North Carolina has entered the fifth month of the new fiscal year which began on July 1 and does not have a state budget.
The 2021 state budget is a case of deja vu all over again in Raleigh with the budget being held up over Medicaid expansion.
One difference between 2021 and 2019 when the state failed to enact a budget is that in 2019 the Republican led legislature passed a budget which was then vetoed by Democratic Gov. Roy Cooper. The negotiations between the legislative leaders and Cooper, did not go well in large part because Cooper insisted that Medicaid expansion be included in the budget and the legislature refused to include it.
In 2019 the state House overrode the veto but the state Senate did not.
In 2021 the legislative leaders decided to try something different. After the state House and Senate had agreed on the budget, but before the budget was passed and sent to Cooper, state House Speaker Tim Moore (R-Cleveland) and President Pro Tem of the Senate Sen. Phil Berger (R-Rockingham) have attempted to negotiate a budget with Cooper. If an agreement can be reached, then Moore and Berger plan to go back to the legislature and try to get it passed. Once again the big stumbling block is Medicaid expansion.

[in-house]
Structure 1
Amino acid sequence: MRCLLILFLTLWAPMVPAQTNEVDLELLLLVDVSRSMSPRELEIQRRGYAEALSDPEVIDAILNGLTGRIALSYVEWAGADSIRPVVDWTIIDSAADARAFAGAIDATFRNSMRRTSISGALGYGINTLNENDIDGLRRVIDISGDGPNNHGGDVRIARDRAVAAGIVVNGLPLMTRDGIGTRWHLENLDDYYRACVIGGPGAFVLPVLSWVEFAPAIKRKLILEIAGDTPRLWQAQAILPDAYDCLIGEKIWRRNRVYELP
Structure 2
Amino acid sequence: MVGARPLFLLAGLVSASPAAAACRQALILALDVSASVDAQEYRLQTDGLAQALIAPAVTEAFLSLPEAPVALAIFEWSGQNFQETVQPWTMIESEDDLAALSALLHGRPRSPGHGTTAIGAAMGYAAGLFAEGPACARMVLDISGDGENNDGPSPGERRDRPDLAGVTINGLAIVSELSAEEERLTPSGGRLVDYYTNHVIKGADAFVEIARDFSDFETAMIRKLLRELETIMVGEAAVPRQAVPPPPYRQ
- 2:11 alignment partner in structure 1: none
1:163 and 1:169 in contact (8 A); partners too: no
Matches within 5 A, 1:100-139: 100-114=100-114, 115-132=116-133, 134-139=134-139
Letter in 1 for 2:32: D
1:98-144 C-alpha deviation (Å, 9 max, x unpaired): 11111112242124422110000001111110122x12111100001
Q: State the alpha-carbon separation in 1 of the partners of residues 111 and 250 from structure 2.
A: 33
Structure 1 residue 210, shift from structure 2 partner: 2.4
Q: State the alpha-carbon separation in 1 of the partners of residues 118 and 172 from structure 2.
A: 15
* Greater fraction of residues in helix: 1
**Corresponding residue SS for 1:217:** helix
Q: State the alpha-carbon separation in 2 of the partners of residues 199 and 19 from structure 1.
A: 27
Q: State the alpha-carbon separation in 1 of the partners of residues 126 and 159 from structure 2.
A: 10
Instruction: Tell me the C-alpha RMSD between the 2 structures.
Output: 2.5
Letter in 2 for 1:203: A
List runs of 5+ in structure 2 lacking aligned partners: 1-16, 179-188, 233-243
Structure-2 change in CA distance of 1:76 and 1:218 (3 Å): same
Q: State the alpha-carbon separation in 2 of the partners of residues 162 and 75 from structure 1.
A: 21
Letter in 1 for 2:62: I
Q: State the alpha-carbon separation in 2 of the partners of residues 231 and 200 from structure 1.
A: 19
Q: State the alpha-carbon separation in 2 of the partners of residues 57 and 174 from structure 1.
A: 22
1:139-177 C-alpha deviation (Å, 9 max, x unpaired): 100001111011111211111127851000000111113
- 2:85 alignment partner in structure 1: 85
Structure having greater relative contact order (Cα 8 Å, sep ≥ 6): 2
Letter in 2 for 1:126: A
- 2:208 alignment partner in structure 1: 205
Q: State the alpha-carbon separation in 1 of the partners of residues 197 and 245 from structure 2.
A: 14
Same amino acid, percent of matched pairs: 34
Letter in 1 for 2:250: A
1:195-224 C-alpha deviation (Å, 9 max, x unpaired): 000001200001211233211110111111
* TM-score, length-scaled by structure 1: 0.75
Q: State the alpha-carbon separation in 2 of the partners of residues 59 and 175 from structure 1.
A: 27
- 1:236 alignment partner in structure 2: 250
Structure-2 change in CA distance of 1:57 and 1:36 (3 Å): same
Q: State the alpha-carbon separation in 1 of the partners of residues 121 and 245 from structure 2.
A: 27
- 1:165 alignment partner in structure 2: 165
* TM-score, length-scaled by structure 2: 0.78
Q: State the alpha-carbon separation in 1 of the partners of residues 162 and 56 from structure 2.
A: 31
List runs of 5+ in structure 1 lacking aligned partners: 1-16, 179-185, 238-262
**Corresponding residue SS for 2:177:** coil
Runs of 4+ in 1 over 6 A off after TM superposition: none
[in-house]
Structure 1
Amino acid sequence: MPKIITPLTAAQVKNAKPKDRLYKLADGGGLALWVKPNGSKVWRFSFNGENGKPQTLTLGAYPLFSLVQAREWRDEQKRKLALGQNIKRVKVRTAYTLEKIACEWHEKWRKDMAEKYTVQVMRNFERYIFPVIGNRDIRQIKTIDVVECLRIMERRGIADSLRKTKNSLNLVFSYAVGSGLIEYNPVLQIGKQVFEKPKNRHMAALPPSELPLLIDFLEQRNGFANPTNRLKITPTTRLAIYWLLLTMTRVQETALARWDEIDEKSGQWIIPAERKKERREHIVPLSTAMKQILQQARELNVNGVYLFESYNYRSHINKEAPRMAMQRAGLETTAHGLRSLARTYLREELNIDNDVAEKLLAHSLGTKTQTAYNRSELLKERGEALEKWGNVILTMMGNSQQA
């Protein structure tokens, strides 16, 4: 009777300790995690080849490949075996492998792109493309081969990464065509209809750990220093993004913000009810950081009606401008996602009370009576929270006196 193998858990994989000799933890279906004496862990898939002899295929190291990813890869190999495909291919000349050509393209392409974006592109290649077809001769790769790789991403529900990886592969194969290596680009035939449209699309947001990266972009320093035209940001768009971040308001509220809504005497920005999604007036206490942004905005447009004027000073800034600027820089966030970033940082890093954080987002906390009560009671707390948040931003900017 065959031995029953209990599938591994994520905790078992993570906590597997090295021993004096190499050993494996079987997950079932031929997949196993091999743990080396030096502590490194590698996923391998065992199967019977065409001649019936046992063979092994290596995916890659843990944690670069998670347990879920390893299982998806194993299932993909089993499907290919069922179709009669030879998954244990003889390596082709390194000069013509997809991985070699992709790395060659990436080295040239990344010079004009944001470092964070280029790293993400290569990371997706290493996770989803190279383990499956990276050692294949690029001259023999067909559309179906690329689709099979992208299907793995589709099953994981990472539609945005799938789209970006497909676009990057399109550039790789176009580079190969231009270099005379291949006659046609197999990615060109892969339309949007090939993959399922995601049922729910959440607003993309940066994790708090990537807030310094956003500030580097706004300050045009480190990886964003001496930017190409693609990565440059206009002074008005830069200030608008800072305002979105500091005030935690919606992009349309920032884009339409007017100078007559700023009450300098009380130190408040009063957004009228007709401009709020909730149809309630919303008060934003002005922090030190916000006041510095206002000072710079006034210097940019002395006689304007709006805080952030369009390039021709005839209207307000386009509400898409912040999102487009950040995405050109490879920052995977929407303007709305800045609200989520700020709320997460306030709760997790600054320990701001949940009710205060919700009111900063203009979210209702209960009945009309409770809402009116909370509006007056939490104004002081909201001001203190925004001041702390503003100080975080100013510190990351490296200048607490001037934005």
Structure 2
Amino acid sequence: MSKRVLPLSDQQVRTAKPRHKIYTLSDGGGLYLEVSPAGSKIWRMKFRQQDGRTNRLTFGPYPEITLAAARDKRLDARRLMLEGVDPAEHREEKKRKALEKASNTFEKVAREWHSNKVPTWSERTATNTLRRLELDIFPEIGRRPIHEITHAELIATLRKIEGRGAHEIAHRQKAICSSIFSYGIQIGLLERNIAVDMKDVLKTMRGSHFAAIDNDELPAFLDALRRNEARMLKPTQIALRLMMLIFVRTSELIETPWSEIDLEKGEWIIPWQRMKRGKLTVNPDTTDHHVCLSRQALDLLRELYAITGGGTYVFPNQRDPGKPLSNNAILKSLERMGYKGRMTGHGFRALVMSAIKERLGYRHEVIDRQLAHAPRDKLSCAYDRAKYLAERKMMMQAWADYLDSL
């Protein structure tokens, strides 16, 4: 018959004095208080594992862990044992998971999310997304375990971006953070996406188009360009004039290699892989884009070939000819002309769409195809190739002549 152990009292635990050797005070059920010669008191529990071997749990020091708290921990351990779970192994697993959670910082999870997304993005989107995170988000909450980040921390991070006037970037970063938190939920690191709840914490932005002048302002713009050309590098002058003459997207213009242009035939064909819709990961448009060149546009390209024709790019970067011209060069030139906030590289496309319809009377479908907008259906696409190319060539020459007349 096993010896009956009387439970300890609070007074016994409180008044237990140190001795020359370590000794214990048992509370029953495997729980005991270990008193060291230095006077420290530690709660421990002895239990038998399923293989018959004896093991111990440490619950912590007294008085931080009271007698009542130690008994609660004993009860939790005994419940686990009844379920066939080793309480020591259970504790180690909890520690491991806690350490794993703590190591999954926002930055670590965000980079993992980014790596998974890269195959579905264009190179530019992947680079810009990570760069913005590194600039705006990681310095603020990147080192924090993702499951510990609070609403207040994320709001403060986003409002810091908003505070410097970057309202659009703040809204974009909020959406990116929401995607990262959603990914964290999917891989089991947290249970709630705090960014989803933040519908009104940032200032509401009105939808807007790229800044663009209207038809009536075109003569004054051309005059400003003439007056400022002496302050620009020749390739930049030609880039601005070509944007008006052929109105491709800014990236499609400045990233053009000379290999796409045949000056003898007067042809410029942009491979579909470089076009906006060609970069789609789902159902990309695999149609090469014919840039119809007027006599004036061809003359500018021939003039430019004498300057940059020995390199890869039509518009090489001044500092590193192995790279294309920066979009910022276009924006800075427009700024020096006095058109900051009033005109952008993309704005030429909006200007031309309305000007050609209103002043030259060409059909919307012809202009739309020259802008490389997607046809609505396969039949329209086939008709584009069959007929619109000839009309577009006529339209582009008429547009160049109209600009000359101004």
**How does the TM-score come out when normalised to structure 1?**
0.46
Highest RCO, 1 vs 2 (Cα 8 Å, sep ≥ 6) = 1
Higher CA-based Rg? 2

Berger has said he had the votes to pass Medicaid expansion in the Senate, but there were not the votes to pass Medicaid expansion in the House.
Berger said that because they couldn’t get Medicaid expansion through the House that it wasn’t on the table in the negotiations between Cooper and the Republican leadership.
The last time the state enacted a budget was in 2017. Cooper also vetoed that budget but Republicans in the legislature had the votes to override the veto.
Since Cooper took office there has not been a budget that Cooper has not vetoed.
What may make 2021 different is that there is some movement among Democratic legislators to pass a budget over Cooper’s veto assuming that the negotiations fail and Cooper does veto the budget. Republicans need two Democratic votes in the Senate and three in the House to override Cooper’s veto.
With spending still based largely on the 2017 budget the state has built a surplus of about $6 billion and many projects that were not included in one of the “mini-budget bills” passed in 2019 remain unfunded.